Next Contents Previous

2.3. What Causes the Turnover in GPS Sources?

The interpretation of the turnover and its possible evolution depends on the assumed mechanism for the turnover. In the GPS sources, the two major possibilities that have been discussed so far in the literature are synchrotron self-absorption (Kellermann 1966a; Hodges, Mutel, & Phillips 1984; Mutel, Hodges, & Phillips 1985; O'Dea et al. 1991; Readhead et al. 1996b) and free-free absorption (Kellermann 1966a; O'Dea et al. 1991; Bicknell, Dopita, & O'Dea 1996). Absorption by induced Compton scattering has also been suggested as a possibility by Kuncic, Bicknell, & Dopita (1998). Table 3 gives some parameters of GPS radio sources. If we assume that the sources are near minimum pressure (which is close to equipartition; see, e.g., Burns, Owen, & Rudnick 1979), then we can compare the values of the magnetic field estimated via minimum pressure and synchrotron self-absorption. This is subject to several caveats, since (1) we do not know whether the sources are in minimum pressure, (6) (2) the parameters derived from synchrotron self-absorption are dependent on high powers of the input parameters, thus magnifying the effect of any errors in the source observables, and (3) there are no other independent measures of the magnetic field strength. Given these uncertainties, we note that the estimates of the magnetic field are in rough agreement. Thus, the data are consistent with the hypothesis that the turnover is due to synchrotron self-absorption.

Table 3. Derived GPS Source Parameters

      Pmin BminP BSSA  
Source Component tauB (dyn cm-2) (G) (G) References

1518+047 N1 7.7×1011 1.3×10-5 1.2×10-2 8.1×10-5 2
  N2 3.2×1011 8.7×10-6 9.7×10-3 4.7×10-4 2
  S1 2.6×1011 4.7×10-5 2.2×10-2 1.4×10-3 2
  S2 3.1×1011 6.8×10-5 2.7×10-2 9.6×10-4 2
1607+268 N1 1.0×1012 2.2×10-5 1.5×10-2 8.0×10-5 2
  N2 1.2×1011 4.8×10-5 7.2×10-3 6.0×10-3 2
  S1 2.2×1011 7.7×10-6 9.1×10-3 1.7×10-3 2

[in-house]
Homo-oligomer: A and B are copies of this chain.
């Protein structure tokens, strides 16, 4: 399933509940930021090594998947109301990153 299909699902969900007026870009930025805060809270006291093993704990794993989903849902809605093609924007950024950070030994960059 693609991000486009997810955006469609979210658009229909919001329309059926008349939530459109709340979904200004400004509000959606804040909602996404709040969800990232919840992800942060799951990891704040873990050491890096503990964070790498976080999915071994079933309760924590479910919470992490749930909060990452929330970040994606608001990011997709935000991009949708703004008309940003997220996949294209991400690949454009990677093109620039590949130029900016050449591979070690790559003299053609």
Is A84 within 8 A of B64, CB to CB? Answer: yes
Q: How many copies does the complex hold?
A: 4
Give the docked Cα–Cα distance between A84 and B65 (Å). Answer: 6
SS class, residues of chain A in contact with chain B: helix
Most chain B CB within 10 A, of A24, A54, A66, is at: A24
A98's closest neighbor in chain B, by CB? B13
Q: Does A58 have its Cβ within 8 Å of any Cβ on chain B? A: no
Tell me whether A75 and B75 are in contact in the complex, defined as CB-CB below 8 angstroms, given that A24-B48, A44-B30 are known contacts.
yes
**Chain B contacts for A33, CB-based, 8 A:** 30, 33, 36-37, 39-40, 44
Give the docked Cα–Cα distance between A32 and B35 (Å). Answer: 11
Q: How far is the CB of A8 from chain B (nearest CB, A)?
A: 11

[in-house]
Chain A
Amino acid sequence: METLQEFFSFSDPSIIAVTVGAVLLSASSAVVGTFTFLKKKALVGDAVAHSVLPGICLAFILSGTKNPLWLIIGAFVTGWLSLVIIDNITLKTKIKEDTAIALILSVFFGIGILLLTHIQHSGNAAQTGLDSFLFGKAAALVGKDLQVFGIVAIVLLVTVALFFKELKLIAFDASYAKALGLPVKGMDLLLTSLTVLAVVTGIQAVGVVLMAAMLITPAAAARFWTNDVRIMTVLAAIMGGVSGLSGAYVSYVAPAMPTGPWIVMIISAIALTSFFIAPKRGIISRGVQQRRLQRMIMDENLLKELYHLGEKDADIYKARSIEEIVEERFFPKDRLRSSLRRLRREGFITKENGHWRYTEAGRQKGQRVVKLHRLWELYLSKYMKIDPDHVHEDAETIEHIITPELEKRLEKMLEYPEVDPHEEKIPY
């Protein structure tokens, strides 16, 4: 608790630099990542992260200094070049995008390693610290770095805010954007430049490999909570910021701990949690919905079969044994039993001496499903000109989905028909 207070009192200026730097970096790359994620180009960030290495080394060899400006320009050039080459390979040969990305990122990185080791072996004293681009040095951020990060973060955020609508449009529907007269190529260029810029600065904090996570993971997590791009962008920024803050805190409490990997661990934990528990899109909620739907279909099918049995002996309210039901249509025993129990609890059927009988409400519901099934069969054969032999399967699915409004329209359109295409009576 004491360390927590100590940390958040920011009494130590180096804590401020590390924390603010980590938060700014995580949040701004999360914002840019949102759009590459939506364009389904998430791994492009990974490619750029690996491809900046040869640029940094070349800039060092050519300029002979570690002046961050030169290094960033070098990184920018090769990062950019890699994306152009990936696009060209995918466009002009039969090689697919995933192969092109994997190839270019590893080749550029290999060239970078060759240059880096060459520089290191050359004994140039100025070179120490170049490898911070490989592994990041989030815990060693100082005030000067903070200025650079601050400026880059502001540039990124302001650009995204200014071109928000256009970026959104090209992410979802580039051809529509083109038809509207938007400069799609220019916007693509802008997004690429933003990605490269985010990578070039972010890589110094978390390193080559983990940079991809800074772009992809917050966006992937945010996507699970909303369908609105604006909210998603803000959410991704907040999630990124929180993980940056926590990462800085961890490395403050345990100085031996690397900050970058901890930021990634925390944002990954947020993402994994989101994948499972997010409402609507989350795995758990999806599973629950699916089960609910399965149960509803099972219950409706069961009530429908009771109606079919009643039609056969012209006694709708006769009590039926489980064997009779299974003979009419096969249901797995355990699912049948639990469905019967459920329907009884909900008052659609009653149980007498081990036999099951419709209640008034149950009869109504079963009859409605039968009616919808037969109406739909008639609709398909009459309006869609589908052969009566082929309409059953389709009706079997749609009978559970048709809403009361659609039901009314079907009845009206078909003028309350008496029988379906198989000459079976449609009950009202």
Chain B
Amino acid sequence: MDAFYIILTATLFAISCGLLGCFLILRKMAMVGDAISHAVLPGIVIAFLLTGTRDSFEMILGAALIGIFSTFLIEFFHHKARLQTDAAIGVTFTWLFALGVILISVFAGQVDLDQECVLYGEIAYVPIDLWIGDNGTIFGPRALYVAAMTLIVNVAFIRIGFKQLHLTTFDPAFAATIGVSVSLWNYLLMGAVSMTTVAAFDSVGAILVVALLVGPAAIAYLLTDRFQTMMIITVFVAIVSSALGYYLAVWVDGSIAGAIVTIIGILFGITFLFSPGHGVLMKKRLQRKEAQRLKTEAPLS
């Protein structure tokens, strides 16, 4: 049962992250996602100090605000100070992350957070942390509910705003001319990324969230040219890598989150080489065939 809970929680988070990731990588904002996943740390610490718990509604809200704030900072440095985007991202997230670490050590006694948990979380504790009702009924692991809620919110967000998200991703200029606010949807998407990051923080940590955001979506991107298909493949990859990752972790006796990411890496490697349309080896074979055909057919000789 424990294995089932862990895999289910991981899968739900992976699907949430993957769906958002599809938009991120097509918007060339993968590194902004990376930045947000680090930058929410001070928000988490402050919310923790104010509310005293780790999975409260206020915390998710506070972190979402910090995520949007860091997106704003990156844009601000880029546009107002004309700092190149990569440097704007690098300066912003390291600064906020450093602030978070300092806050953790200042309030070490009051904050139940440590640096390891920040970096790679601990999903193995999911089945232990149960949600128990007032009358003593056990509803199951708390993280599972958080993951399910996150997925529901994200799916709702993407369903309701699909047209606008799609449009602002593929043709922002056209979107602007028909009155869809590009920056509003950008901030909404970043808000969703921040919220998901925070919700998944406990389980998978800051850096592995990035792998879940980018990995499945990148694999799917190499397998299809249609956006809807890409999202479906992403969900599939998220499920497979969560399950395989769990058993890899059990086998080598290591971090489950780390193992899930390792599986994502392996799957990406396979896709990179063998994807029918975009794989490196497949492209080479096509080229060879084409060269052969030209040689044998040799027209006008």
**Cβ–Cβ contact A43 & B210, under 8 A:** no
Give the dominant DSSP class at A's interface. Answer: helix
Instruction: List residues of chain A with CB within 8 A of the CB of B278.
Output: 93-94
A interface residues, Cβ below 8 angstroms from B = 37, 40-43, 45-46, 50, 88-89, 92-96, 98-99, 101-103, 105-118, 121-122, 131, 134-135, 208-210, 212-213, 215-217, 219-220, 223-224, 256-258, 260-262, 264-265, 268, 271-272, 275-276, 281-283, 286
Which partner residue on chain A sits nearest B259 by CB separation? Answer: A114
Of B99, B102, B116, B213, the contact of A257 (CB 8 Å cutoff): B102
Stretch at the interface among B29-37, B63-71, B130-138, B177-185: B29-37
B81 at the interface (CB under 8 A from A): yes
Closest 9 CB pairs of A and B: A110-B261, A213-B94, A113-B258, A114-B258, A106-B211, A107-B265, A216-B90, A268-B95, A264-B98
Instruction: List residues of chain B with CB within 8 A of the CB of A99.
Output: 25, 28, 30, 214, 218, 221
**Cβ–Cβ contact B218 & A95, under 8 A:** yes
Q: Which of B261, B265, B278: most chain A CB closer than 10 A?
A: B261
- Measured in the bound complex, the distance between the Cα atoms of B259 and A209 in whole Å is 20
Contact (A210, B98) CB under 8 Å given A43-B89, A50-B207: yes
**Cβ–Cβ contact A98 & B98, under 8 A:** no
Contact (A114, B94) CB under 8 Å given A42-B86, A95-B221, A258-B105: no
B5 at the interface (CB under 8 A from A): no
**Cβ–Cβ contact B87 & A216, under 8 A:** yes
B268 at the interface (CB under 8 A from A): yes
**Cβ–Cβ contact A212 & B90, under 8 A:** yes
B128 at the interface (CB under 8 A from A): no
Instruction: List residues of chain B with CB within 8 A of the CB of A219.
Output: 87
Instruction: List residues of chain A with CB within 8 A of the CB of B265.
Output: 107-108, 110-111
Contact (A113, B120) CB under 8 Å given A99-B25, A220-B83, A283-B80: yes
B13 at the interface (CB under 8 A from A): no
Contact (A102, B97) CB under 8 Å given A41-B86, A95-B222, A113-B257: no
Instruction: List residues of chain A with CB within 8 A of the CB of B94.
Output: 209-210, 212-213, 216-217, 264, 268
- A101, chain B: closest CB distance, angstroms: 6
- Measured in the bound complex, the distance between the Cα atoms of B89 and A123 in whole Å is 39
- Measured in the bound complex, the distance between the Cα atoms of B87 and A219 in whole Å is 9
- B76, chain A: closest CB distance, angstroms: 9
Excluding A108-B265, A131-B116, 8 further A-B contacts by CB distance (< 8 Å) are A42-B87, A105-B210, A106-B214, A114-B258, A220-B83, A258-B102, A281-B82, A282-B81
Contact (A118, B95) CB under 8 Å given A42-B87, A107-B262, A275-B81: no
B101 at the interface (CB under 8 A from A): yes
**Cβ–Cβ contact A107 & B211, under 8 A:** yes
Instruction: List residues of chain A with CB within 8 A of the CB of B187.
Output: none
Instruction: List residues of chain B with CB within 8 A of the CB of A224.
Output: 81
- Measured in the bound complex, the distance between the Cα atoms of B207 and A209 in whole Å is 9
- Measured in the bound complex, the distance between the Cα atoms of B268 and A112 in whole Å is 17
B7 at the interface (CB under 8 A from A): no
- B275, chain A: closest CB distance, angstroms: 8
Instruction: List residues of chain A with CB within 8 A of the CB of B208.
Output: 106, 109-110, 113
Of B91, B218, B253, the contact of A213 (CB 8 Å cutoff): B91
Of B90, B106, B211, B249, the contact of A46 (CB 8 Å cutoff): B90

S2 2.6×1010 2.5×10-6 5.1×10-3 1.2×10-1 2
  S3 7.2×1011 2.9×10-5 1.8×10-2 1.6×10-4 2
2050+364 W1 4.2×1011 5.6×10-5 2.4×10-2 9.2×10-4 2
  E1 3.7×1011 1.4×10-5 1.2×10-2 5.4×10-4 2
  E2 8.4×1011 2.9×10-5 1.8×10-2 1.0×10-4 2
  E3 4.0×1011 1.7×10-5 1.3×10-2 4.4×10-4 2
2352+495 N HS 9.3×1010 2.7×10-5 1.7×10-2 3.7×10-2 1
  S HS 4.0×1010 5.7×10-6 7.8×10-3 5.3×10-2 1
  N Lobe 3.5×1010 1.2×10-6 3.7×10-3 3.7×10-2 1
  S Lobe 8.3×1010 8.0×10-7 2.9×10-3 3.7×10-3 1
  Cocoon 1.3×1010 7.8×10-8 9.2×10-4 ltapprox 9.0×10-2 1

NOTES. The BSSA in the 2352+495 cocoon is an upper limit since the turnover frequency is also an upper limit.
REFERENCES 1. Readhead et al. 1996. 2. Mutel et al. 1985.

If the turnover in the spectrum is due to synchrotron self-absorption, then the turnover frequency in a homogeneous, self-absorbed, incoherent synchrotron radio source with a power-law electron energy distribution is given by

Equation 2 (2)

where the magnetic field B is in G, the flux density at the peak Sm is in Jy, z is the redshift, and the angular size theta is in milliarcseconds (see, e.g., Kellermann & Pauliny-Toth 1981).

Given the evidence for (1) high densities in the optical emission-line clouds (section 8), (2) strong depolarization of the radio source (section 4), and (3) strong confinement of the radio sources, it seems plausible that the densities may be high enough that free-free absorption may play a role in these sources (van Breugel, Heckman, & Miley 1984a; O'Dea et al. 1991). The emission measure for free-free absorption is as follows (see, e.g., Osterbrock 1977):

Equation 3 (3)

where tau is the optical depth at frequency nu in GHz, and T is the temperature in K. For a free-free absorption optical depth of unity at 1 GHz, the emission measure is then ne2L appeq 3.05 × 106 cm-6 pc, giving an electron density of ne appeq 2 × 103 cm-3 for a path length of 1 pc.

Readhead et al. (1996b) argue against free-free absorption by a simple uniform screen causing the turnover in 2352+495. However, as discussed by Bicknell et al. (1997), the optical depth in a free-free absorption screen will vary with radius if produced in a shock around the radio source in a medium whose density declines with radius. If free-free absorption is important in determining the spectral turnovers in GPS sources, then the turnovers due to synchrotron self-absorption must occur at lower frequencies num and with higher flux density at the turnover Sm than observed. Since the magnetic field depends on these observables as B propto num5 Sm-2, the true magnetic field would be less than estimated using the observed turnover and attributing it to synchrotron self-absorption.

At this point both synchrotron self-absorption and free-free absorption are consistent with the observations. I believe that Occam's razor currently favors synchrotron self-absorption; however, additional observations are needed to establish which is the dominant effect.

6 Güijosa & Daly (1996) suggest that the agreement between the Doppler factors estimated assuming an inverse Compton origin for the X-rays and that obtained by assuming that the sources are in equipartition (i.e., the "equipartition Doppler factor"; Readhead 1994, Singal & Gopal-Krishna 1985) indicates that the sources are close to equipartition. Back.

Next Contents Previous